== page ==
With this research internship, you will learn to program in LabView for interfacing and controlling instruments. The main goal is to help to develop a new instrument which will allow combined real-time measurements of laser-induced photoluminescence, vibrational spectroscopy as well as imaging. This new instrument will be used for detailed studies of transitions induced by extreme pressure (100 GPa) and temperature (5000K) conditions in the condensed state. This project is well suited for self-motivated students with strong interests in experimental physics. This project will take place at the Laboratoire de physique des solides denses (LPSD) and the Centre for Advanced Materials Research located in the Advanced Research Complex at the University of Ottawa.

3.Condensed Matter at Extreme Conditions: Diamond-based Sensors and Devices

With this research internship, you will help elaborating diamond-based sensors and devices for probing condensed matter at extreme pressure (100 GPa) and temperature (10K) conditions. Diamond sensors and devices will be fabricated and used to investigate electrical transport measurements in novel dense materials at low temperatures. This project is well suited for self-motivated students with strong interests in experimental physics. This project will take place at the Laboratoire de physique des solides denses (LPSD) and the Centre for Advanced Materials Research located in the Advanced Research Complex at the University of Ottawa.

Serge Desgreniers
25 Templeton, room 506

Michel Godin

Molecular and Cellular Biosensing at the Micro and Nano Scales – Michel Godin Laboratory

Our research seeks to use micro- and nano-scale physics to design new sensing and manipulation platforms that can detect, analyze and process biological material, such as cells, viruses and biomolecules including protein and DNA.  By manipulating biological samples at the micro- and nano-scales, we are able to significantly increase detection sensitivity and improve sample manipulation capabilities by exploiting phenomena that dominate at these reduced length scales.  Our laboratory is equipped to microfabricate microchips that integrate microfluidic channels with cutting-edge sensors.  Our work is motivated by the need for new approaches to medical diagnostics (detection of disease biomarkers), to cancer screening by rare cell detection and to environmental monitoring.  Moreover, these same platforms offer new realtime quantitative analytical methods used to conduct interesting biophysics, even at the single cell level.  We are currently developing small-scale technologies used to trap stem cells in hydrogel micro-environments and studying the translocation of single molecules through nanofluidic channels!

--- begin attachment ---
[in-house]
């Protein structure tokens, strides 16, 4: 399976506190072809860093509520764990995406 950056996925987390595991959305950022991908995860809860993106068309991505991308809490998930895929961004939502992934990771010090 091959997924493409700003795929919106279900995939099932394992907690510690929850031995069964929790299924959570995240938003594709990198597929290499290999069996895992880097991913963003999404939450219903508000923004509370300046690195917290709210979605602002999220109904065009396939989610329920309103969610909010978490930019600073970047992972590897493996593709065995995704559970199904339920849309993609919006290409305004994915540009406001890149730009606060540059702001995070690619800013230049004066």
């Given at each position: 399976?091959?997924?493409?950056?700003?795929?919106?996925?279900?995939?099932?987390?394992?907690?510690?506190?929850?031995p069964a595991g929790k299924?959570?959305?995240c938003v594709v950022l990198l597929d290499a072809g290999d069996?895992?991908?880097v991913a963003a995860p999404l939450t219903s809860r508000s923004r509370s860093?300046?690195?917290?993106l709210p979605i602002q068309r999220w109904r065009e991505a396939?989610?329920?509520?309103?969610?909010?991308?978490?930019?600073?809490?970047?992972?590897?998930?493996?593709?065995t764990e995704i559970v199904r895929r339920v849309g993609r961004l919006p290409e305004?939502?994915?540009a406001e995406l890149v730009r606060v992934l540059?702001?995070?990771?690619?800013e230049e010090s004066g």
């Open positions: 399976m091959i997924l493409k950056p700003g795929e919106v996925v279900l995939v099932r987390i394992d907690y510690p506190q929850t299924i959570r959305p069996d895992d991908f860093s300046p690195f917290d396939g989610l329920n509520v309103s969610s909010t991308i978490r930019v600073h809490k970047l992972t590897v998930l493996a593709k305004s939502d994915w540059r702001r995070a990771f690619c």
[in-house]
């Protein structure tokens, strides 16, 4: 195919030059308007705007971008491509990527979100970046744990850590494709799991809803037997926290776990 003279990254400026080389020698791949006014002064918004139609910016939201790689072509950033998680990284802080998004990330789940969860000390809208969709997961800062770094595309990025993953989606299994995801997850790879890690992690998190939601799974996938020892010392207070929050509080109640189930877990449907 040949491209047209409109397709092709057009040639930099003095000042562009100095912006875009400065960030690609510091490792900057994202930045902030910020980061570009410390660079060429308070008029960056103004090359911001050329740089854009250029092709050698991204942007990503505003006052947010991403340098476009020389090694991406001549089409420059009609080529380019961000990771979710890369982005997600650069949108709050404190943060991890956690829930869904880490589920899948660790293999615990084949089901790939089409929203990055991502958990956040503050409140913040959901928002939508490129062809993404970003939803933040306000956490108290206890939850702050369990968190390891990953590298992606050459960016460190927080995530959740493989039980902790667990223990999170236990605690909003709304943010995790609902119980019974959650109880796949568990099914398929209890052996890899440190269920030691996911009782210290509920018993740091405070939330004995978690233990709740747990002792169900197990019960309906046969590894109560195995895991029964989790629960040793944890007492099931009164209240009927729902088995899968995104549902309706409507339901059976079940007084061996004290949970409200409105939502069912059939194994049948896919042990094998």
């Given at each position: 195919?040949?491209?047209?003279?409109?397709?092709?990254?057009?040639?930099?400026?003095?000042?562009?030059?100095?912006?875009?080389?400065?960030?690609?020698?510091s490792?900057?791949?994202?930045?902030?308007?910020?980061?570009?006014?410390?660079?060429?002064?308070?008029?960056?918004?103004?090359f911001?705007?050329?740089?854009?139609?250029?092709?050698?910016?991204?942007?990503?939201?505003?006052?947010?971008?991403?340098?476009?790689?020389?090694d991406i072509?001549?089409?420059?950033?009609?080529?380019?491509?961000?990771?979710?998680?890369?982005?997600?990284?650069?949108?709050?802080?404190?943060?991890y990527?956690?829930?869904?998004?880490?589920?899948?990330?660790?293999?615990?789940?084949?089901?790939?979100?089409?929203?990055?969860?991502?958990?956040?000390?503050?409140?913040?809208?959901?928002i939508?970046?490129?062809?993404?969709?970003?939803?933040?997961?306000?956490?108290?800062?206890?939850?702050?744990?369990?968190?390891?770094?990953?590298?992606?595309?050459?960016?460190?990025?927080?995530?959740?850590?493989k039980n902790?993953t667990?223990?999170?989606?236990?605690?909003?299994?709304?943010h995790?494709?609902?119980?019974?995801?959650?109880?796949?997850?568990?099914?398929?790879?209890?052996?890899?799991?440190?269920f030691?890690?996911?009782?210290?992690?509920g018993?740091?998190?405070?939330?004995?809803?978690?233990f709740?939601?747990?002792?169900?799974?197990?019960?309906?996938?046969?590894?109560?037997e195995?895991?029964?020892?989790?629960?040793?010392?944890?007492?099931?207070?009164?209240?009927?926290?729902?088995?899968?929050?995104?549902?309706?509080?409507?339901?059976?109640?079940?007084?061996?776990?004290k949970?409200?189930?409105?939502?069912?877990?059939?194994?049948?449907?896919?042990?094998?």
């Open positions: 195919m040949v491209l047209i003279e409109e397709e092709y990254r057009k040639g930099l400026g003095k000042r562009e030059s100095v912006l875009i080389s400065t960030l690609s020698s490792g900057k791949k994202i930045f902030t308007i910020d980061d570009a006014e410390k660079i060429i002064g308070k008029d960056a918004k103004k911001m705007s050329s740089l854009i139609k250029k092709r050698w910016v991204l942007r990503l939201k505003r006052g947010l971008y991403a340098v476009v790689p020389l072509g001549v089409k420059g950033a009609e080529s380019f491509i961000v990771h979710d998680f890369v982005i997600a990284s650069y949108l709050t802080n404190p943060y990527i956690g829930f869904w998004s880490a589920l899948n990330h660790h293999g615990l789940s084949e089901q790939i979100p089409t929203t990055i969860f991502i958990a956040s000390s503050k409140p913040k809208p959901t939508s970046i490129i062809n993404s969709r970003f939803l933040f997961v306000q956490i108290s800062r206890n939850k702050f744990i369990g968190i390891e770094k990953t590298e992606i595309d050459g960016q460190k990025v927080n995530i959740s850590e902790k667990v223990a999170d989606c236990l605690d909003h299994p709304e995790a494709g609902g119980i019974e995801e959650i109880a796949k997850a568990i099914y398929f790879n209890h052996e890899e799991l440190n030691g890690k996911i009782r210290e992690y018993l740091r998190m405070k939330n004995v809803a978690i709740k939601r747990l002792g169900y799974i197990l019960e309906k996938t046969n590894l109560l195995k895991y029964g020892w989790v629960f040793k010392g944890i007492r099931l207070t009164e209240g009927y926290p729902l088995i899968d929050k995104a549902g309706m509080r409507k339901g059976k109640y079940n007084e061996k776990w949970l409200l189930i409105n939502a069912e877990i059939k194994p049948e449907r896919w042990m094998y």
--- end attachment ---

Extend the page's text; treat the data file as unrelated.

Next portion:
We are looking for motivated undergraduate students to work on one of several projects.  Students will be involved in various aspects of microfluidic device fabrication and validation with biological samples.  Projects are very multidisciplinary, combining physics, biochemistry and engineering.

If you are interested in discussing potential project, please contact me by email at mgodin@uOttawa.ca. You can also visit our research website at http://godinlab.uottawa.ca

Potential projects include:

  • Stem cell encapsulation using a microfluidic device for regenerative medicine applications:  You will make and use a microchip to capture individual stem cells in micro-cocoons!
  • Trapping DNA and proteins in nanolitre droplets for sequential analysis using microfluidic on-chip sensors

Michel Godin
801 King Edward, room N205 H